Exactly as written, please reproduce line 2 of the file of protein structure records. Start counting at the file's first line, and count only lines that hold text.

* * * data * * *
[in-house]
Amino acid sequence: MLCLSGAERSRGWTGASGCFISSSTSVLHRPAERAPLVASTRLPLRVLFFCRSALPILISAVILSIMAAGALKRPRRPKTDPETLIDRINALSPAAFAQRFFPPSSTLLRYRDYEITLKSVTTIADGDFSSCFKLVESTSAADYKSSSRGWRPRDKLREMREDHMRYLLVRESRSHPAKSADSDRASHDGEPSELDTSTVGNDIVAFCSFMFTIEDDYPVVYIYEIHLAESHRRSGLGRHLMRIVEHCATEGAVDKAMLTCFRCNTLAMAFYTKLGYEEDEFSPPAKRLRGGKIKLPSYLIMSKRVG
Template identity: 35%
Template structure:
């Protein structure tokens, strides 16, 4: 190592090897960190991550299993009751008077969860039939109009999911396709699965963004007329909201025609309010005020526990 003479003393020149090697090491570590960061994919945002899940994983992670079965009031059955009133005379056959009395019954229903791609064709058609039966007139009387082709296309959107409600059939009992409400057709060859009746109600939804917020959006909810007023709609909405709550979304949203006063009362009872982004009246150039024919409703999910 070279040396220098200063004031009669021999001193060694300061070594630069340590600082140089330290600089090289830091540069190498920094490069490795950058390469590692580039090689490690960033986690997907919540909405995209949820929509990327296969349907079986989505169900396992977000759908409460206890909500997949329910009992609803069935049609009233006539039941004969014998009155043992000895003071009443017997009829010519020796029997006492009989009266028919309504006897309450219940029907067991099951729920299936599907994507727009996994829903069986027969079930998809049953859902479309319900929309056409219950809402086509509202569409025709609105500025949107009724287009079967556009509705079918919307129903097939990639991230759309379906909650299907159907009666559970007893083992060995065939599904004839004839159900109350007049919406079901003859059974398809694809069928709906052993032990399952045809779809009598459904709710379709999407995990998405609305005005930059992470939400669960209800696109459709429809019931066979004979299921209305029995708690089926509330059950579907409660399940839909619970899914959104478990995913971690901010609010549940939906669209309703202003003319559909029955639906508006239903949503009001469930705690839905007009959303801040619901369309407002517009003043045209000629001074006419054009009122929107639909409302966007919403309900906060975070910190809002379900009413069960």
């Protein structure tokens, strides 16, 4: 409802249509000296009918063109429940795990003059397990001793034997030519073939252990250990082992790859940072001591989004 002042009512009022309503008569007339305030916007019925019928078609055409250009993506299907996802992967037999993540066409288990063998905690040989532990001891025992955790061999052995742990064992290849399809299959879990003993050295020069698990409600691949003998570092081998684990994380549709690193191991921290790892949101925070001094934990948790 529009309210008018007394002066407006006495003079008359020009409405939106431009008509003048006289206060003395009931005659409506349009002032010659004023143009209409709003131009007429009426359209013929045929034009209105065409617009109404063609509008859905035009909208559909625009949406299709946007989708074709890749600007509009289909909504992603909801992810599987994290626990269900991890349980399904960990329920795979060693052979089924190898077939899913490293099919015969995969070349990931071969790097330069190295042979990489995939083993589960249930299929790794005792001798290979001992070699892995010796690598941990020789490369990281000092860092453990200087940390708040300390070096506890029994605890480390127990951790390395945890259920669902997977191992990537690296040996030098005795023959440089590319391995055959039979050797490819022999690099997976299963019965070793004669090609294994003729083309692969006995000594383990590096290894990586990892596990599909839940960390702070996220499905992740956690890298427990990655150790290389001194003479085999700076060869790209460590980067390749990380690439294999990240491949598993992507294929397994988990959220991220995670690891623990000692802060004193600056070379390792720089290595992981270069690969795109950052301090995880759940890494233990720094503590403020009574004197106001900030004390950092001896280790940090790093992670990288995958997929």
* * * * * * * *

Amino acid sequence: MLCLSGAERSRGWTGASGCFISSSTSVLHRPAERAPLVASTRLPLRVLFFCRSALPILISAVILSIMAAGALKRPRRPKTDPETLIDRINALSPAAFAQRFFPPSSTLLRYRDYEITLKSVTTIADGDFSSCFKLVESTSAADYKSSSRGWRPRDKLREMREDHMRYLLVRESRSHPAKSADSDRASHDGEPSELDTSTVGNDIVAFCSFMFTIEDDYPVVYIYEIHLAESHRRSGLGRHLMRIVEHCATEGAVDKAMLTCFRCNTLAMAFYTKLGYEEDEFSPPAKRLRGGKIKLPSYLIMSKRVG